Sunday, July 08, 2007

Orkney 2007 - Day 2

Tuesday 26th June - Highland Park, Kirkwall, Scapa Flow, walk and wreck


The morning brought fine weather to our little cottage:


And fine views down to Grimness, more of that later:


Our first full day on Orkney saw us getting the priorities sorted. Namely, whisky.  After the first lie-in for far too long, a hearty breakfast saw us venture back to Kirkwall where we promptly booked ourselves in for an afternoon tour at Highland Park.  A good lunch at, I believe, The Strynd Tearoom beside the cathedral saw us return to the distillery for some serious tour action.

Unfortunately, for all the effort involved in getting to Scotland's most northerly distillery, I have to say that the tour fell a little flat.  It could be that we are getting to the stage where only Glen Moray style super-tours can hit the mark, but there are a few pitfalls for us that a tour can fall into... 

Number 1 mistake here and the highest on my personal hate list is the dreaded 'audio-visual presentation filler'; a cheap impersonal time-filler that's just going to tread old-ground over a faded out shot of someone pouring whisky into a glass, probably with a fire blazing in the background. 

Number 2 here was giving the pre-tour shot'; what's the point then of continuing? For me a shot at the beginning should always suggest a follow-up afterwards.  Related to number 2 then is...

Number 3, 'the single-shot tour'; Highland Park has three standard expressions, the 12, the 15 and the 18 year old, as well as a number of special editions, but you only get the 12.  Why on Earth would I pay the premium price for the premium bottle without getting a taste and proving to myself that a) you can taste a difference and b) that the difference is worth it? 

Number 4 is the 'inexpert expert'; generally this means a summer student after some spending money.  This in itself is not too bad as some of these people are enthusiastic and know their stuff (see the Glenmorangie tour write-up coming up on Day 7), but it doesn't compare to when the manager is taking you around!  However, the weight of number 4 is doubled when it is accompanied by...

Number 5, the 'whisky-hating guide', as our guide announced herself to be upon introduction.  Add to this the...

Number 6 of mentioning the 'Angel's share', the name given to the whisky that evaporates from the storage casks (stops being funny on your second tour), and...

Number 7 of a rubbish ticket/voucher offer and Highland Park left us feeling a little underwhelmed.  

I did nonetheless enjoy walking through the buildings which included seeing an active malting floor and kiln (Highland Park being one of only five distilleries still doing this early part of the process themselves).  There were also some interesting information, such as the fact that Highland Park uses only sherry-fill casks; no finishes here, it's all it gets!  Basically, the tour is worth doing if you're on Orkney , but don't travel especially for it unless you're a whisky obsessive just like us, and then you can rant about it on your very own blog!!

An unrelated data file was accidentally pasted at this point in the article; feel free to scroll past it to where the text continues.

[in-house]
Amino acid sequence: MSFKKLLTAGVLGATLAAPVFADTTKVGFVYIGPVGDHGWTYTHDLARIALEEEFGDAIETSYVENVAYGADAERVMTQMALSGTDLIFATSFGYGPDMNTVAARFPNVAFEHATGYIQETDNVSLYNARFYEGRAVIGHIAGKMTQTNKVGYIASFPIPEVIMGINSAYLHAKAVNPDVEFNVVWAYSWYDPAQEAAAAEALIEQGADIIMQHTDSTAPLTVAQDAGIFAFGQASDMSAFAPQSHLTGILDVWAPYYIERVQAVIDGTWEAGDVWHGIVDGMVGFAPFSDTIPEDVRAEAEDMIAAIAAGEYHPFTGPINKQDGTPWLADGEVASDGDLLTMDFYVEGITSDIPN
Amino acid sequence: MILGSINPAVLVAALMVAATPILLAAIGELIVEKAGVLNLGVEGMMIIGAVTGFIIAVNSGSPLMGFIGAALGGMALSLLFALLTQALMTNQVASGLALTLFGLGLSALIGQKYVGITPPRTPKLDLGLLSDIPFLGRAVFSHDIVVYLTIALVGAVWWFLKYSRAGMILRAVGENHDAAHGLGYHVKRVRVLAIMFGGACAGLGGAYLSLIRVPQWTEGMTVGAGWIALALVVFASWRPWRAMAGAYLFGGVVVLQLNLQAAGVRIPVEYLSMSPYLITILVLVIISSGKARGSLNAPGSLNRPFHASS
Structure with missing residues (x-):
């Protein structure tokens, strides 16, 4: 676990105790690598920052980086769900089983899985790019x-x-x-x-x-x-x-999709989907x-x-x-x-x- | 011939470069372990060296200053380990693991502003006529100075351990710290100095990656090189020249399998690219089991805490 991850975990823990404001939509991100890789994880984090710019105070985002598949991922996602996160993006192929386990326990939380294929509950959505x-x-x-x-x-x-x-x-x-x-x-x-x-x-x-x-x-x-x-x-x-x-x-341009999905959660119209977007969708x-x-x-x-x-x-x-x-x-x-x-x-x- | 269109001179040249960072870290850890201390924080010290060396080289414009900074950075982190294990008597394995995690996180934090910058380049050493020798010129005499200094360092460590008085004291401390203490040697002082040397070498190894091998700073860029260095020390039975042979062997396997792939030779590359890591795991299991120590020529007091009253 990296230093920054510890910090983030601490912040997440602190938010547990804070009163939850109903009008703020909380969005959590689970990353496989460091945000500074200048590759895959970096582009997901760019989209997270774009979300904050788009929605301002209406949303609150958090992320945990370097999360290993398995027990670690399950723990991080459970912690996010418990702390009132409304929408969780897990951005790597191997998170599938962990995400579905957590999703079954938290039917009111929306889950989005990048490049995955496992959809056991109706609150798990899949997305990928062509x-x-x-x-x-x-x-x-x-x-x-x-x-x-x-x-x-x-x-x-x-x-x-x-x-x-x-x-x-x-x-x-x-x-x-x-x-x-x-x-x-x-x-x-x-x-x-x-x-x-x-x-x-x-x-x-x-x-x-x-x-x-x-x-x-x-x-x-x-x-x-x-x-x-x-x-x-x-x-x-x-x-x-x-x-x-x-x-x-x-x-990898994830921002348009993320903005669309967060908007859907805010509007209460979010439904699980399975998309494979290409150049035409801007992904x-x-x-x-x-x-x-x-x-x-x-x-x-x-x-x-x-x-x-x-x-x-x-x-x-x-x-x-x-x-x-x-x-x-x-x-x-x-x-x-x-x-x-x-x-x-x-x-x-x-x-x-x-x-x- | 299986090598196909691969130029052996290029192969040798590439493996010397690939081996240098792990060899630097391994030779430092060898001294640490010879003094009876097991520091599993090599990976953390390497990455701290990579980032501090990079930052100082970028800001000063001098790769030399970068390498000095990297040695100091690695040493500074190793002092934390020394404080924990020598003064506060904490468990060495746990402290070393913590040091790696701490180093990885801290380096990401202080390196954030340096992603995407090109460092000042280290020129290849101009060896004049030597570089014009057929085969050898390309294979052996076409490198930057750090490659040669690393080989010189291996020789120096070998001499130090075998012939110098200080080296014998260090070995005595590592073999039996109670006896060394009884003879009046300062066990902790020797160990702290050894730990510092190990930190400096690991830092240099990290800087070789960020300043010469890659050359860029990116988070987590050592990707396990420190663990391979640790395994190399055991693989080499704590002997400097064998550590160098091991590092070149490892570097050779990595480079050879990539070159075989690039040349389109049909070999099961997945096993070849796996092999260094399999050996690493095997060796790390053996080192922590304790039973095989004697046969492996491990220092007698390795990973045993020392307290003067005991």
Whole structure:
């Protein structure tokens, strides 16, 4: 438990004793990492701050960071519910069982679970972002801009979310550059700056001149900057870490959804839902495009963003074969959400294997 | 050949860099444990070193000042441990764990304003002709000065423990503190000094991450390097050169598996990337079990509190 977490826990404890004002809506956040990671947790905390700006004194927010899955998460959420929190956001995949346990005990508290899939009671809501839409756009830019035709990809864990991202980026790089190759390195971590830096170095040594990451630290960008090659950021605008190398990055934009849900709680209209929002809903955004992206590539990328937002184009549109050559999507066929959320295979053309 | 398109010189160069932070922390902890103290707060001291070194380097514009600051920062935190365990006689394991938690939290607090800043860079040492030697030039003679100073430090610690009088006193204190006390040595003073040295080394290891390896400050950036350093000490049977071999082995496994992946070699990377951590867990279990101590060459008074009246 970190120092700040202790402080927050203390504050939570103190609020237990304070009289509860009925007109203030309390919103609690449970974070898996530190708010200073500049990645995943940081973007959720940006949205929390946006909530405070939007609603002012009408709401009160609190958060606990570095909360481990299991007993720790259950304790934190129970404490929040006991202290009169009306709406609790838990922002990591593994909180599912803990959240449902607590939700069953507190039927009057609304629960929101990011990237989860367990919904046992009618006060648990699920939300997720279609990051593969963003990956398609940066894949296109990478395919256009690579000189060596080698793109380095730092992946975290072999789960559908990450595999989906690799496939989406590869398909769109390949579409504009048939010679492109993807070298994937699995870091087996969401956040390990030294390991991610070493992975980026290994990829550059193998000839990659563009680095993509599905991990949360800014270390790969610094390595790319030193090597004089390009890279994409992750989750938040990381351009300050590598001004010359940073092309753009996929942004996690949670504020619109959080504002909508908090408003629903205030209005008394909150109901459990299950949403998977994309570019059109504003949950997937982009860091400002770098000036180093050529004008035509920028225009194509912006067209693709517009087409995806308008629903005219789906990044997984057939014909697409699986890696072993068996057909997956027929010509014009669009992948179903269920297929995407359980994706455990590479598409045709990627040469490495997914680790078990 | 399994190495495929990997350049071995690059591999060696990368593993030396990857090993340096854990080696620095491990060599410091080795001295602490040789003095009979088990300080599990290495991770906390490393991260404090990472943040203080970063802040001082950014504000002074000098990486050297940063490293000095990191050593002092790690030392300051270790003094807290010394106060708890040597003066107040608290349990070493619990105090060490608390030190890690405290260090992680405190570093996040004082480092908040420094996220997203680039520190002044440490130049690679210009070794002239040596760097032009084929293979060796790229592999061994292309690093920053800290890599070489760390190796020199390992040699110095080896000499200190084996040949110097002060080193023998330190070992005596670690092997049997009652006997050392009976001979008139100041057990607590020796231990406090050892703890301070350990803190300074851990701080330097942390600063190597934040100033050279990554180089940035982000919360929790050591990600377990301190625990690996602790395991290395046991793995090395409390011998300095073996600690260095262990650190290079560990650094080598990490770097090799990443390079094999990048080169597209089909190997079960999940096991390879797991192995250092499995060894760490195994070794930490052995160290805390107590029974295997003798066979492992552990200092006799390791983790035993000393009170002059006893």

The attractive streets of Sonia, sorry, Kirkwall:


Girls and a distillery, heaven!


These signs are just made for lounging in front of:


Pretty and sturdy stills at Highland Park:



You are now leaving the most northerly distillery in Scotland:


After the distillery, some shopping in Kirkwall was undertaken, which saw me invest in an 8-year old 'Orkney Single Malt' for only £18.  I believe it to be Scapa due to flavour and colour, but either way it was well worth it - although it is far too drinkable!  A quick pint at one of Kirkwall's disappointingly few hospitable-looking establishments and it was time to head back to the cottage, but not before checking out the gorgeous setting of Orkney's other distillery, Scapa.  Unfortunately there are no tours at this one so we just had to cope with a paddle and a photo or 50...


The gorgeous Scapa Flow with Scapa itself just visible:


A pity to waste such beautiful waters: 


"Well, hello":


Come back, don't do it! It's me not you!


Standing proud, but proudly closed to visitors, hmmph!


Back at the cottage after dinner there was plenty of light left in the sky for Sonia, The Leach and myself to take a pleasant walk down to Grim Ness.  Thereupon we discovered a large wreck along the Lime Banks.  Pieces of this big ship were strewn all across the stony beach giving an indication of what force the sea must have had when it met its end.  Indeed the wreck gave an unnervingly sombre close to the day as it was lapped by the gentle evening waves.  We later found out that the ship ran aground in 1969 and had been a Liberian cargo ship; all hands apparently survived but tragically the Longhorn lifeboat from nearby island Hoy had itself sank with the loss of all 8 men on board, an extremely big deal for such a small community.  This I presume is what is referred to here.


The view from mine and Sonia's room:


Our cottage was just by South Cara:



What a contrast today's weather must have been to that day in 1969:

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4 Comments:

Blogger Scott said...

awesome write-up. I'm with you on the tour points. Glen Moray was the best tour ever.

12 July 2007 at 17:56  
Blogger George Walks said...

Absolutely, glad you're enjoying them. Your trip away looks great too, and with some fine malts!

12 July 2007 at 22:13  
Blogger Scott said...

Hey, you should read (if you haven't already) Iain Banks' Raw Spirit. I found it a really amusing, semi-autobiographical, semi-lunatic-ranting, yet really thorough tour of all the distilleries in Scotland.

14 July 2007 at 14:30  
Blogger George Walks said...

I did check that out actually, and I did really enjoy it - apart from when he was talking about his car just a little too much and not about the whisky!

15 July 2007 at 12:14  

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